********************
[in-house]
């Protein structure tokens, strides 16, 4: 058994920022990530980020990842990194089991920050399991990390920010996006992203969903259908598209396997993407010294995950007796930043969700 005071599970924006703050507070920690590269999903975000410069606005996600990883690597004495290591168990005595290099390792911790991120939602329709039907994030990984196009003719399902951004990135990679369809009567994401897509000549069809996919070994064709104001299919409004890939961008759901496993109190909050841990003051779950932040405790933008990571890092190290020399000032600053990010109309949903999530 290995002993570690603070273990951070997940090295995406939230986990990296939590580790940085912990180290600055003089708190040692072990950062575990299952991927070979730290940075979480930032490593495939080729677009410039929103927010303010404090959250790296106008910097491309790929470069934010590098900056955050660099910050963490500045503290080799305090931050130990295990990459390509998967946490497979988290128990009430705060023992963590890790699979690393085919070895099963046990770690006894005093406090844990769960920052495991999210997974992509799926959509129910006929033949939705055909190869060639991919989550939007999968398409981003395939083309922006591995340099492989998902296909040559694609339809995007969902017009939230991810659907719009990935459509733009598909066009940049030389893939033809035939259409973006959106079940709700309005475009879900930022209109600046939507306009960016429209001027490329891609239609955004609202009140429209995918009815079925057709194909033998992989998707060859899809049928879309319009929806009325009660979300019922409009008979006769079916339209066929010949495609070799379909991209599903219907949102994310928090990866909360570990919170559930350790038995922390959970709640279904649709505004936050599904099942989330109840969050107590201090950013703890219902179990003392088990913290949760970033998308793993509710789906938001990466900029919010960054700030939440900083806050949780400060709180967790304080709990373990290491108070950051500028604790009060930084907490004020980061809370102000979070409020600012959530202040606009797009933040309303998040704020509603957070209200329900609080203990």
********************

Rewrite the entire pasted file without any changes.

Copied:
[in-house]
């Protein structure tokens, strides 16, 4: 058994920022990530980020990842990194089991920050399991990390920010996006992203969903259908598209396997993407010294995950007796930043969700 005071599970924006703050507070920690590269999903975000410069606005996600990883690597004495290591168990005595290099390792911790991120939602329709039907994030990984196009003719399902951004990135990679369809009567994401897509000549069809996919070994064709104001299919409004890939961008759901496993109190909050841990003051779950932040405790933008990571890092190290020399000032600053990010109309949903999530 290995002993570690603070273990951070997940090295995406939230986990990296939590580790940085912990180290600055003089708190040692072990950062575990299952991927070979730290940075979480930032490593495939080729677009410039929103927010303010404090959250790296106008910097491309790929470069934010590098900056955050660099910050963490500045503290080799305090931050130990295990990459390509998967946490497979988290128990009430705060023992963590890790699979690393085919070895099963046990770690006894005093406090844990769960920052495991999210997974992509799926959509129910006929033949939705055909190869060639991919989550939007999968398409981003395939083309922006591995340099492989998902296909040559694609339809995007969902017009939230991810659907719009990935459509733009598909066009940049030389893939033809035939259409973006959106079940709700309005475009879900930022209109600046939507306009960016429209001027490329891609239609955004609202009140429209995918009815079925057709194909033998992989998707060859899809049928879309319009929806009325009660979300019922409009008979006769079916339209066929010949495609070799379909991209599903219907949102994310928090990866909360570990919170559930350790038995922390959970709640279904649709505004936050599904099942989330109840969050107590201090950013703890219902179990003392088990913290949760970033998308793993509710789906938001990466900029919010960054700030939440900083806050949780400060709180967790304080709990373990290491108070950051500028604790009060930084907490004020980061809370102000979070409020600012959530202040606009797009933040309303998040704020509603957070209200329900609080203990």